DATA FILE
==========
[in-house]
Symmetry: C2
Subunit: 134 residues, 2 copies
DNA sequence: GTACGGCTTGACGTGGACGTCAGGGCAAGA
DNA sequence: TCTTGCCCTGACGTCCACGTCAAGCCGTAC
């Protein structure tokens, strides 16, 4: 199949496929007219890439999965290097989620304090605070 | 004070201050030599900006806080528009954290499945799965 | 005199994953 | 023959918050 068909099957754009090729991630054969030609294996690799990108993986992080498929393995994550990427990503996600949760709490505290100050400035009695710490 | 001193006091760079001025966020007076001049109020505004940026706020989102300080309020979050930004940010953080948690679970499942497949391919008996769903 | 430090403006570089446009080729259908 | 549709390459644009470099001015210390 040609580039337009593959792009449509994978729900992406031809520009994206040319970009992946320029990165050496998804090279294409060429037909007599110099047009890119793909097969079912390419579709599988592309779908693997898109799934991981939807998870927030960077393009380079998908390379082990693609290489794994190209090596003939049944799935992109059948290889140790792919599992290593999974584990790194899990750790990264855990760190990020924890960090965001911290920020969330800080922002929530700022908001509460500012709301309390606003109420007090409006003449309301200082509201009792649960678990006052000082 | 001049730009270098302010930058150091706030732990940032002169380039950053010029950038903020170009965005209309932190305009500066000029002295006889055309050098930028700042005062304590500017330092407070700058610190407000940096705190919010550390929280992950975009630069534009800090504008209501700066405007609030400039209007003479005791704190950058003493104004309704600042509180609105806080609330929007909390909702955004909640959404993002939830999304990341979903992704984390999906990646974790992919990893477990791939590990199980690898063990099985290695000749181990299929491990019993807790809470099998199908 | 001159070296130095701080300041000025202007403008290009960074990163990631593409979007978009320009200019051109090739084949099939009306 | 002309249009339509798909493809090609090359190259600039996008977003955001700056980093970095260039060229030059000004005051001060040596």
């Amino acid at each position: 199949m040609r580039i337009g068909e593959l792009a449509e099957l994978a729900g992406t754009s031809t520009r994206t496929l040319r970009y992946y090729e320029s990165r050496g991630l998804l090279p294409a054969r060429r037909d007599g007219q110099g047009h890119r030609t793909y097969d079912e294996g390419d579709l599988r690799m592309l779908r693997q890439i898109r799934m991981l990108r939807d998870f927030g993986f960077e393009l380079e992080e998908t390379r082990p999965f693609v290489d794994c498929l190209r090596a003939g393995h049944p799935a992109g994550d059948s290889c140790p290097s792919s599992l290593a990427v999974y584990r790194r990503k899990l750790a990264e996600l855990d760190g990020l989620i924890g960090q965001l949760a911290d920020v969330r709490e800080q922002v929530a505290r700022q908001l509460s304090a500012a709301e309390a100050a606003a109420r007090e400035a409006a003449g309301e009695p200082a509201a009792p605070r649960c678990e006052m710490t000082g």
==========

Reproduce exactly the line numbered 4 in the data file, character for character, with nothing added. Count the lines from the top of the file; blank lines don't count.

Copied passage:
DNA sequence: GTACGGCTTGACGTGGACGTCAGGGCAAGA